Operational provisions

Providers should provide evidence of the following:

  • well-being/mental health pathway – from triage, to discharge, to follow up
  • triage system, including non-face-to-face triage, as provided by a senior clinician
  • well-being/mental health assessment, as appropriate (Please see also Note: 7 below)

Occupational Mental Health

Providers should provide the following information:

  • disciplines, qualifications and level of experience of clinicians providing occupational mental health assessments (Please see also Note: 8 below)
  • features to be covered by Occupational Mental Health Reports:
  1. referral’s background
  2. ‘the brief’
  3. ‘the visit’
  4. current circumstances
  5. personal and family history
  6. work-related history
  7. medical history
  8. mental health history
  9. mental state
  10. diagnostic formulation
  11. clinical impression
  12. reference to Disability Under the Equality Act 2010
  13. prognosis
  14. return-to-work prospects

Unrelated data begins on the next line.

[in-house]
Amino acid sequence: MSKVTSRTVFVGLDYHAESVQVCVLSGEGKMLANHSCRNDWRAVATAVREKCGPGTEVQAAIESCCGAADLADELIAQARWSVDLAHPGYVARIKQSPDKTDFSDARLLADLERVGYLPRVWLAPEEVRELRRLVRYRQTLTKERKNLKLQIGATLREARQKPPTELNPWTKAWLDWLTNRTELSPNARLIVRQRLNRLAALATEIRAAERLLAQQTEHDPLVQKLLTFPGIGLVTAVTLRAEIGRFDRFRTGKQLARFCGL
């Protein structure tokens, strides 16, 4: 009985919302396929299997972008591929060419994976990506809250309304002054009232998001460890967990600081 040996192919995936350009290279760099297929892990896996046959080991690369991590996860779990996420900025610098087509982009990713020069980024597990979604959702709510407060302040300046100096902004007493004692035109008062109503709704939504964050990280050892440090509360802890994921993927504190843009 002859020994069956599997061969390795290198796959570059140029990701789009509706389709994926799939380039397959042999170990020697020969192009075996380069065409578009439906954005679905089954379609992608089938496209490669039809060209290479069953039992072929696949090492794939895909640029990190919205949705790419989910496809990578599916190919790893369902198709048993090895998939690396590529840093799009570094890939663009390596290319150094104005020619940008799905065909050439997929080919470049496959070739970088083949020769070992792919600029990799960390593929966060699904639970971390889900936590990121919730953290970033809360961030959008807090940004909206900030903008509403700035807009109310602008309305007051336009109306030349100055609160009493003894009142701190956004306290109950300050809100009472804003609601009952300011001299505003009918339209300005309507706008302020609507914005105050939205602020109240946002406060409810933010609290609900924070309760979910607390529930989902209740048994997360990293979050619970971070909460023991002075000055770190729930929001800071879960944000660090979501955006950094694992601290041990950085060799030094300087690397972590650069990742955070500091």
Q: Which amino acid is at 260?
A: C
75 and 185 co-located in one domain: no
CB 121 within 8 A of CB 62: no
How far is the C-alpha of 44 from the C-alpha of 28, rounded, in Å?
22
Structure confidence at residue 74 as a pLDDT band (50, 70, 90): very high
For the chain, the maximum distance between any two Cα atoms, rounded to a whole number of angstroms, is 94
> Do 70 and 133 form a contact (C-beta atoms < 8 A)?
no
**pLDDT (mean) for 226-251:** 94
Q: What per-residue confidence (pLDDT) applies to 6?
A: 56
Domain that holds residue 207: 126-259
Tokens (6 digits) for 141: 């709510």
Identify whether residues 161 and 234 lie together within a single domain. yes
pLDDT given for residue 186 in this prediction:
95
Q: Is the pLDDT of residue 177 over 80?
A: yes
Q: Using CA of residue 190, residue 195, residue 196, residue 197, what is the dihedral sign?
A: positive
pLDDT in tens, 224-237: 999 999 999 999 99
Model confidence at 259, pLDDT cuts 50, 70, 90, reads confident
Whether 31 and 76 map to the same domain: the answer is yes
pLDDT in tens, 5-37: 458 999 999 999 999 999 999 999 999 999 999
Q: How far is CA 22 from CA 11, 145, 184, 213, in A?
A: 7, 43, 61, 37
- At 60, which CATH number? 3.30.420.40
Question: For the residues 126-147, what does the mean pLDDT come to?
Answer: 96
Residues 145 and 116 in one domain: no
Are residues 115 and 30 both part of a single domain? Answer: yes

15. recommendations, including:

– medical treatment
– psychological treatment
– occupational therapy input
– advice on return to work/end of employment process
– advice on reasonable adjustments
– general advice to employers/insurers

  • Two anonymised occupational mental health report samples: psychiatric report and occupational therapy in mental health report

Psychiatric/psychological/psychotherapy assessments

Providers should:

  • clarify the features covered in reports
  • provide two anonymised report samples:  psychiatric report and psychological report

Organisational consultancy

Providers should provide:

  • details of service, objectives and pathway
  • qualification and experience of organisational consultants

Executive coaching

Providers should provide:

  • details of service, objectives and pathway
  • qualification and experience of executive coaches